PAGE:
GOLDMAN SACHS: The developed world is exiting the GFC debt deflation cycle

Picture: Amory Ross Team Alvimedica, Getty Images

This is no small thing for traders, or markets.

The Goldman Sachs Australian economics team, lead by chief economist Tim Toohey, says that after eight years, the global economy is finally following the United States out of the pernicious debt deflation cycle that has so gripped and characterised growth and markets over that time.

It also means notions of enduring secular stagnation, proposed by former US Treasury Secretary Larry Summers and Robert Goron, are misplaced.

That can have profound implications for markets, Toohey and his team say:

“It is one thing to believe that structural forces indicate that potential economic growth will be somewhat slower in the future, as we have advocated on numerous times over the past 5 years. It is an entirely different thing to suggest that a stagnation of global growth into perpetuity is the most likely outcome. Indeed, even post a downward reassessment of potential economic growth there is still ample room for an industrial upswing to emerge and ultimately prove costly for those positioned for secular stagnation.”


Escape velocity

Toohey says that “any reasonable assessment on the state of the US economy can no longer conclude that the US remains locked in the spiral” of debt deflation. “Core inflation is now 2.2% yoy, financial wealth has risen 59% since the financial crisis trough and 34% since the prior peak, non-financial corporate profits have risen 72% since the financial crisis trough and 17% since the prior peak, the unemployment stands at 4.9% – close to full employment, consumer confidence is 101.1pts (the highest since September 2015) and the PMI stands at 52.1.”

“Encouragingly, other major economies are beginning to show similar signs,” he adds.

But he’s still worried about the “main missing ingredient”, which is the still slowing velocity of money in the economy. That means financial sector balance sheets are important for hitting escape velocity to completely free the economy from the debt deflation cycle.

Yet because banks tend to be pro-cyclical when it comes to financial leverage – and as a result, their lending activities – and with much of the regulatory changes behind them in Australia, Goldman argues that financial institutions will soon work to accelerate leverage and thus the velocity of money here in Australia and abroad.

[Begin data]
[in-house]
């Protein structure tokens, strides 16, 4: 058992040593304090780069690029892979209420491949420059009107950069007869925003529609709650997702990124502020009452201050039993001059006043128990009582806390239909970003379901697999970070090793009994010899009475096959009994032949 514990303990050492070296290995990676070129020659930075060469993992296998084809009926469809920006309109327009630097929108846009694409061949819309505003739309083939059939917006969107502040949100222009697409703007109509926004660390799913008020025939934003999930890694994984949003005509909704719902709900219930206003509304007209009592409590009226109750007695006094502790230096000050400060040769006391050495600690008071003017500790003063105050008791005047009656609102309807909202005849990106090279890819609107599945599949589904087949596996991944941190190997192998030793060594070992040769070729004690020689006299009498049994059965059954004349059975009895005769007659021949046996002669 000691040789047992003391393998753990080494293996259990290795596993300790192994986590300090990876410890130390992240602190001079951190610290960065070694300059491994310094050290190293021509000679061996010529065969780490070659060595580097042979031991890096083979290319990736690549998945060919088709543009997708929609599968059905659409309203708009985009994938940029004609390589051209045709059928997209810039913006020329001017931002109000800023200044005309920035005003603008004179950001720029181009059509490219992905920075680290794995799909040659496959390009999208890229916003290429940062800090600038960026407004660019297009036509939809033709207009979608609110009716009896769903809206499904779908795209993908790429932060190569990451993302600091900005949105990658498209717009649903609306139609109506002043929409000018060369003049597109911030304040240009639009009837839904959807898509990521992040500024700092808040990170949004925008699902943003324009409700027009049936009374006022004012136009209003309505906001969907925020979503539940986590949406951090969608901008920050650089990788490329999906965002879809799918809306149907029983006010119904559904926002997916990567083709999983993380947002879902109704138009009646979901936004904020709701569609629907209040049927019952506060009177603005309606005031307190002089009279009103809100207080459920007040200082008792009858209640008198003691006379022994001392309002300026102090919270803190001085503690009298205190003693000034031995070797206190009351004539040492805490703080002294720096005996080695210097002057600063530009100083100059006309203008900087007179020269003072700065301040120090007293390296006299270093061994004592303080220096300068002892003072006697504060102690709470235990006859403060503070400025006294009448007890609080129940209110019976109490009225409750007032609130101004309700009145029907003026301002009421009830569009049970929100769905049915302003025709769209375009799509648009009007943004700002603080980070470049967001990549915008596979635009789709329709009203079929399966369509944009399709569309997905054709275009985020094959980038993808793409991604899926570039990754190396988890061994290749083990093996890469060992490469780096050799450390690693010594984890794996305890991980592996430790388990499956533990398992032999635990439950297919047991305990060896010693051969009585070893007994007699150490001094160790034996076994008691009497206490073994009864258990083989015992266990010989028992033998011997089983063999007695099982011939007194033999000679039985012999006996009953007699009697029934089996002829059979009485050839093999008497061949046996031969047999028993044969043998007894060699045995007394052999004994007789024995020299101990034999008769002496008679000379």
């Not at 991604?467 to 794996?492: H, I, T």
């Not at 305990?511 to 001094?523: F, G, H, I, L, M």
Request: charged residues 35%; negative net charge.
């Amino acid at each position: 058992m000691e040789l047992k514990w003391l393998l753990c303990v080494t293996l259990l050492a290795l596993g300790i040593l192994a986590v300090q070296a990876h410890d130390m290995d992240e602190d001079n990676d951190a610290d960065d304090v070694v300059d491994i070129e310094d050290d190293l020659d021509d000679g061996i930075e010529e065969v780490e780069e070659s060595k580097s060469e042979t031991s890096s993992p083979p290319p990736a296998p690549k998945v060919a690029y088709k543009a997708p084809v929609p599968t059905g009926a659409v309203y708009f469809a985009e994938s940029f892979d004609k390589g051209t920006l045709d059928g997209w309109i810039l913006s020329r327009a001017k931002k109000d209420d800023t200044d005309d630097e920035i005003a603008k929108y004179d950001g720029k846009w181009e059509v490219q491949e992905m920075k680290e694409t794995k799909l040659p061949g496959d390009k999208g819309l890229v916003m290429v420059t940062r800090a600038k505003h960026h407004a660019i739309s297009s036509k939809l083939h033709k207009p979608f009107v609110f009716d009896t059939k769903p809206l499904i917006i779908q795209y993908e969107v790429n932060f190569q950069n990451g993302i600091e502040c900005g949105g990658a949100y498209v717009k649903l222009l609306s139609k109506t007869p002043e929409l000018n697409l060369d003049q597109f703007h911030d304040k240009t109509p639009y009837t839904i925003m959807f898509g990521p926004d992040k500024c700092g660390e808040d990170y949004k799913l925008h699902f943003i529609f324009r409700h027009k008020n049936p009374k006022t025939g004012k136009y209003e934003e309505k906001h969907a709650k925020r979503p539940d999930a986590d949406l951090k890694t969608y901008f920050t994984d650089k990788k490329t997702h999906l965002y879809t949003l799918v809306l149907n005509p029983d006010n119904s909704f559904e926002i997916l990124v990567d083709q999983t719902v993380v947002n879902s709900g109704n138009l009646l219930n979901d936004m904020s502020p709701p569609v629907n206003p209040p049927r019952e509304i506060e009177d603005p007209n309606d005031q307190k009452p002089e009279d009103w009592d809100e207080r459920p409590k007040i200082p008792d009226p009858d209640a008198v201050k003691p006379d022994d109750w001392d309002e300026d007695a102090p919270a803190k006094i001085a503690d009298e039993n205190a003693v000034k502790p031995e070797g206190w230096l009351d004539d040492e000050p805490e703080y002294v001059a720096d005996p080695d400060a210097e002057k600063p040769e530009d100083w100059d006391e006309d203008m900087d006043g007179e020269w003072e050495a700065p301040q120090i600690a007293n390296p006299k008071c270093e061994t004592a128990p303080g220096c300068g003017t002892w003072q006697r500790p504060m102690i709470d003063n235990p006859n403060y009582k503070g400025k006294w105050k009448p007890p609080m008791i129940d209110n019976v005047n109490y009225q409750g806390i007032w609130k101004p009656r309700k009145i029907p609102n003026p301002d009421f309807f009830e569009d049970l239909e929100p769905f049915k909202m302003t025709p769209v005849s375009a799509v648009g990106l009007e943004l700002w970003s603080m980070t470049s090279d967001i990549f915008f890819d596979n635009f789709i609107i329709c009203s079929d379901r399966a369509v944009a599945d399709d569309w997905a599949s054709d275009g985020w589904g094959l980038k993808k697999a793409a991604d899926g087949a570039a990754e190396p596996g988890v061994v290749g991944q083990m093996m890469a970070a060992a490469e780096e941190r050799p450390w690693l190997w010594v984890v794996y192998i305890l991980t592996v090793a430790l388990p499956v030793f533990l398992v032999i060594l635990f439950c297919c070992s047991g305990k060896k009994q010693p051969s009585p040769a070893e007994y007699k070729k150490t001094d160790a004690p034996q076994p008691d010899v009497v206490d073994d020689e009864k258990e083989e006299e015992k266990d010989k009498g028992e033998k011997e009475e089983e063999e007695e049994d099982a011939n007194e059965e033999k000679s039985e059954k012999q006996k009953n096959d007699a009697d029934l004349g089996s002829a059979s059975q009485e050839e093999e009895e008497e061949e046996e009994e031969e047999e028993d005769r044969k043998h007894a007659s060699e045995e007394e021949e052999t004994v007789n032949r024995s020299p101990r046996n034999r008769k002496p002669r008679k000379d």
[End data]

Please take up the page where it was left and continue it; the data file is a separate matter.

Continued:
In the Australian context, many bank watchers will find this a remarkable call.


The return of the old-fashioned Industrial Cycle

Toohey and his team say that “if the global economy is breaking free of the destructive [debt deflation] cycle…and the financial sector deleveraging is also drawing to a close, given the length of the recent debt-deflation cycle it is worth revisiting what a typical industrial cycle looks like”.

That’s important, he says, because many “financial market participants would have yet to experience the ebb and flow of an industrial cycle in their careers”.


“While the distance between each step may differ from cycle to cycle, there remains a predictable rhythm to steps in each cycle,” Toohey says. “The detection of each step on the path is instructive of how much further the cycle has to run until demand peaks and growth slows again.”

He has Australia, Canada, New Zealand, the euro zone, and South Korea also following the United States and United Kingdom out and moving up from the demand growth trough stage of this cycle.

China, Japan, India and “most of EM” are approaching the trough.

Crucially for those long bonds and looking at zero rates as far as the eye can see, Toohey has an ominous warning:

“Economic cycles have a tendency of creeping up on financial market participants.”

He highlights that:

  • The global industrial cycle appears to be awakening from its long slumber.
  • Excess money, the money supply less nominal GDP growth and a leading indicator of of the industrial cycle, is “consistent with global industrial production accelerating towards a 4-5%yoy range over the next 12 months”.
  • Industrial metals appear to have bottomed in late 2015 and risen significantly since.
  • That industrial cycles are influenced by consumer demand is a given. But the pessimism exhibited by consumers in the post-GFC world has given way and shown a “consistent improvement and since 2015”. Likewise, business sentiment has picked up in 2016.
  • A recovery is needed in east-Asian manufacturing to confirm the upswing. Only Taiwan has so far moved into year on year positive growth. But other nations are improving.

That’s bad for bonds but good for commodity prices, the Australian and New Zealand dollars.

“Given some of the trends are already detectable in the economic data it is unusual that global bond markets are yet to reflect these developments,” Toohey says.

Yield curves have not picked up on this trend and Toohey says the expected pick-up in industrial production worldwide “would be consistent with a 100-150bps steepening in the G7 yield curve”.

Naturally that will impact on stocks via the bond/stock valuation equation.

That means “a better pulse for the global industrial production cycle is not necessarily a positive for equity markets such as Australia that have enjoyed the ‘search for yield’ by increasingly transforming the structure of their equity markets into bond-like proxies”.

Further complicating things for Australin investors, the RBA, and the economy is that the trend of increases for commodity prices is set to continue which see “the risks to commodity-linked currencies like the A$ and NZ$ … skew to the upside”.